More trained journalists and educators needed in Pacific
Media Educators and Trainers have come together to form a new regional body to address the decreasing number of journalists and educators in the Pacific.
Media educators and trainers have come together to form a new body to address their decreasing numbers in the Pacific.
Members of the Media Educators Pacific group met as part of a congress at New Zealand's Auckland University of Technology.
Indira Stewart was there.
President of the group Misa Vicky Lepou who is also head of journalism at the National University of Samoa, says there are serious challenges in Pacific journalism.
MISA VICKY LEPOU: The industry is struggling to find qualified and trained journalists. We too, the Education Sector, is facing the same challenge. Vanuatu is struggling. Tonga is is struggling. Fortunate enough for the case of Samoa we're getting two additional staff. So, I think the industry and the education sector need to come together and publicise and promote our course - doing media in the region. For us to produce that, to feed the industry, we need qualified educators to assess us in this course.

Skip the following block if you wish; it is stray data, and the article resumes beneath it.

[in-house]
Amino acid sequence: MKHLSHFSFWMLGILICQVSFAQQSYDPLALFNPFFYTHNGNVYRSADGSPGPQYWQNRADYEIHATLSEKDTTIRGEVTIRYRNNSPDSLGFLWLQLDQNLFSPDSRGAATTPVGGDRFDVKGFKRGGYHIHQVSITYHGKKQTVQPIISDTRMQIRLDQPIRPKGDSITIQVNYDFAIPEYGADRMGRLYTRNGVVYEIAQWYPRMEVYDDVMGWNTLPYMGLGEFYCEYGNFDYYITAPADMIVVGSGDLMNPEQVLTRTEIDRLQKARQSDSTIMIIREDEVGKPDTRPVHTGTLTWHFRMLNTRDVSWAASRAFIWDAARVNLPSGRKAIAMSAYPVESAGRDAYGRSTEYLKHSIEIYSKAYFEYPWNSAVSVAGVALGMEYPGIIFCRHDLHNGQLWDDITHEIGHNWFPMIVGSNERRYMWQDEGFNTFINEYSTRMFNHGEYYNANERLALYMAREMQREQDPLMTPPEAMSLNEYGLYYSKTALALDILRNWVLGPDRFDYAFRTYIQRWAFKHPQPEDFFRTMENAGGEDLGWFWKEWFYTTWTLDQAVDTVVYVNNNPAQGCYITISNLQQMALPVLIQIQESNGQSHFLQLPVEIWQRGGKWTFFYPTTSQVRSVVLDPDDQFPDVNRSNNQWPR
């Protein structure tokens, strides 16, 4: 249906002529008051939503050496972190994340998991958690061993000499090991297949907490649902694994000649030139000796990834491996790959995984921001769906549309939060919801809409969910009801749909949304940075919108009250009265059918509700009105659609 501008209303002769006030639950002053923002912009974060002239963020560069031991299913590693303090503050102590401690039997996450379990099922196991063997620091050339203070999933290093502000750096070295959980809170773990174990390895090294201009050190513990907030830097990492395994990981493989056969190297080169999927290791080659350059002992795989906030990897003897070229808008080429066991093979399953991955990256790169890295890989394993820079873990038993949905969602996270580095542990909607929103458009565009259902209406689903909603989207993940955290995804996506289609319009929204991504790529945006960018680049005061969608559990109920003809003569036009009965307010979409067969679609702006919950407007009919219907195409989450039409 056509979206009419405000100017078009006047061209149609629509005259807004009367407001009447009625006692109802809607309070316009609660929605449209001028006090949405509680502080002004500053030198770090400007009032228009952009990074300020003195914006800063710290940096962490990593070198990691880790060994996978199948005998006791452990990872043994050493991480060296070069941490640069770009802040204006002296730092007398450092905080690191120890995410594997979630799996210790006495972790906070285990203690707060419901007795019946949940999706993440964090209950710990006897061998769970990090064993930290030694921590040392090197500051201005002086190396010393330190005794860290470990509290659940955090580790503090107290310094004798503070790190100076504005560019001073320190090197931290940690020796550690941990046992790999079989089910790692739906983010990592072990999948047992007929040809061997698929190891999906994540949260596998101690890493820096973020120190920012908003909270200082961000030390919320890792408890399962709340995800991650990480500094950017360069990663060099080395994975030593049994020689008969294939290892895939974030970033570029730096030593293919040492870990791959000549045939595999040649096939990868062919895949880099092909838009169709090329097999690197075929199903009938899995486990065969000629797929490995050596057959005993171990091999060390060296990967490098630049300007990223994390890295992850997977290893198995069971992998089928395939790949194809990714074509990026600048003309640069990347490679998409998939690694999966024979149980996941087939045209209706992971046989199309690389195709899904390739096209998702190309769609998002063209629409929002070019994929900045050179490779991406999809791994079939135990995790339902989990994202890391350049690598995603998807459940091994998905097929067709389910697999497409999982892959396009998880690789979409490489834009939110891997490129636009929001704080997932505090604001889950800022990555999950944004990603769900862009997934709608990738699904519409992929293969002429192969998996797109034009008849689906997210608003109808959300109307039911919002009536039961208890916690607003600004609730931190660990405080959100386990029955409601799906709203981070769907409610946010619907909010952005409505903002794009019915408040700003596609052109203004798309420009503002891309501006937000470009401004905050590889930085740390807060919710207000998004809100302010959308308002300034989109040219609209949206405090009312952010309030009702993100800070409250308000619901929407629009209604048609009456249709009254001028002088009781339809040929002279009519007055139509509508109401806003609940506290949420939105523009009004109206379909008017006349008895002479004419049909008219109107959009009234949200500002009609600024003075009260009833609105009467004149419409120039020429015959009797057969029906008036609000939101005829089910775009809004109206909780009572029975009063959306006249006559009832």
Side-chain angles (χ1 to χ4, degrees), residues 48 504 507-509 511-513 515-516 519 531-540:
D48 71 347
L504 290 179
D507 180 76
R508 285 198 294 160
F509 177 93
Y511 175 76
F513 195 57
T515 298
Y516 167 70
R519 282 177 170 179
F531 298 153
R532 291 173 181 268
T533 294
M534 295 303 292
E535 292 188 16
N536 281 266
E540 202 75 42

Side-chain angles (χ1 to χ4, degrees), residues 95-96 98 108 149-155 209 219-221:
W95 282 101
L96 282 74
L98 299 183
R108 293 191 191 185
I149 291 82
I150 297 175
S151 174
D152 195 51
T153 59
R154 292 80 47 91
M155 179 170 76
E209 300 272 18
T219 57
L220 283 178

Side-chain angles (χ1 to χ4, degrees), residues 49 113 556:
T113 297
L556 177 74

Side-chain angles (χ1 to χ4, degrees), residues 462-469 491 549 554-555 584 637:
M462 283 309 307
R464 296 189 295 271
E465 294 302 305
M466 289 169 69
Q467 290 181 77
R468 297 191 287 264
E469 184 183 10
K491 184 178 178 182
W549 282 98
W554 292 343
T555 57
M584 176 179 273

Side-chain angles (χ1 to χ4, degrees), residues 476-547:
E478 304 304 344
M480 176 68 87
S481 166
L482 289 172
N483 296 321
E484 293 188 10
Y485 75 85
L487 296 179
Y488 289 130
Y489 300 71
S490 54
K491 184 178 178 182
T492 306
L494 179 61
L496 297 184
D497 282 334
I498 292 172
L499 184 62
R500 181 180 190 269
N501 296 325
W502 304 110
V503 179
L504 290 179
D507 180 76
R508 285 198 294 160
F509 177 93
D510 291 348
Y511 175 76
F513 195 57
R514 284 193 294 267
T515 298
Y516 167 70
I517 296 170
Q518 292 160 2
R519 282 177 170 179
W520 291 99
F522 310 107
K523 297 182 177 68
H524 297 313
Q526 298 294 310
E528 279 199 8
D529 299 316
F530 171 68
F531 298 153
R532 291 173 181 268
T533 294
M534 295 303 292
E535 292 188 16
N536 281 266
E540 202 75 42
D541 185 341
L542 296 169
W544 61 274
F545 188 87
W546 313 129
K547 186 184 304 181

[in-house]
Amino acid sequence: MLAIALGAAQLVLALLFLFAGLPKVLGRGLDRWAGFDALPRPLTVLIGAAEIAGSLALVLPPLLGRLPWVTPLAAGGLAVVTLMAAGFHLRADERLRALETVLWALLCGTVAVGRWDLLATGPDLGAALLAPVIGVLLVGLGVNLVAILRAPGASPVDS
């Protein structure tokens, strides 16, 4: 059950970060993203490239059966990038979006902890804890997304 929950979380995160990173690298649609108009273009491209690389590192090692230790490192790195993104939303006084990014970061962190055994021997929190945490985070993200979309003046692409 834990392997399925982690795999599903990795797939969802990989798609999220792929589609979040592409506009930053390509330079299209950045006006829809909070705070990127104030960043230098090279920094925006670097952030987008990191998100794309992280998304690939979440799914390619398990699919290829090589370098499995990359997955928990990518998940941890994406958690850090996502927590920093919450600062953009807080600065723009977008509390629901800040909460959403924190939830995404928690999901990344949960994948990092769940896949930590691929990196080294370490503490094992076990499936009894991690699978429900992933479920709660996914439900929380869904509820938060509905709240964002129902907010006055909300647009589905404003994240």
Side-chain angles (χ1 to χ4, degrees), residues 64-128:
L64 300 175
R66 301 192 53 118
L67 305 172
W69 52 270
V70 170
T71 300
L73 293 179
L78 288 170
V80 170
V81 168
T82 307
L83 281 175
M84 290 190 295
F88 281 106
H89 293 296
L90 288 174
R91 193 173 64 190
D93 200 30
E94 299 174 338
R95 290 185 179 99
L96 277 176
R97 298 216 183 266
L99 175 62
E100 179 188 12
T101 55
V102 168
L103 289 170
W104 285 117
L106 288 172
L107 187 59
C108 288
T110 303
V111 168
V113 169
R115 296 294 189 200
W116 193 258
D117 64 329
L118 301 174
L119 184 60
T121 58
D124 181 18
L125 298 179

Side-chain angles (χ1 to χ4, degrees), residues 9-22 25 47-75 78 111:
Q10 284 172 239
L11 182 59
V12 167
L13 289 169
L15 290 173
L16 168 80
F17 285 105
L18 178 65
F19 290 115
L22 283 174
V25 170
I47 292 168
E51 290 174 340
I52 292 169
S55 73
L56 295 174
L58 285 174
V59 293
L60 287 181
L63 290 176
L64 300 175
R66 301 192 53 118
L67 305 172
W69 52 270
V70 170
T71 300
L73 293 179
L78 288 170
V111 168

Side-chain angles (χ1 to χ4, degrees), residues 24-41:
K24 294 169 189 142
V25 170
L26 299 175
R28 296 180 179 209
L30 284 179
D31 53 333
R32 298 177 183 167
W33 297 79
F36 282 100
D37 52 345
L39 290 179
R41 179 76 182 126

The University of the South Pacific's head of journalism, Shailendra Singh, says the lack of Pacific journalists and educators is a complex problem. Mr Singh says the industry is not competitive when it comes to salaries and graduates do not last long in the industry.
SHAILENDRA SINGH: We keep hearing these complaints about how much aid is being pumped into the journalism sector and then you see so little return. After maybe 3 or 4 years, they are head hunted and recruited by NGO's and all these other organisations. So we have this constant problem of lack of skills. Just when they've developed, just when they are ready to do some serious journalism, they are plucked or recruited by these organisations.
Chief editor of Papua New Guinea's Post-Courier, Alexander Rheeney, says the media industry in the Pacific has grown despite the low number of trained journalists. Mr Rheeney says alongside the need for more journalism training in PNG, there also needs to be a change to the media codes of ethics.
ALEXANDER RHEENEY: Social media has funnily become a movement in Papua New Guinea. How do we work within the code of ethics and apply - how can journalists in Papua New Guinea apply that to their profession today. You know, we need to have a code of ethics that actually reflects those changes.
Sessions on journalism education in the Pacific as well as reporting climate change issues in the region will also feature at this week's global journalism conference.
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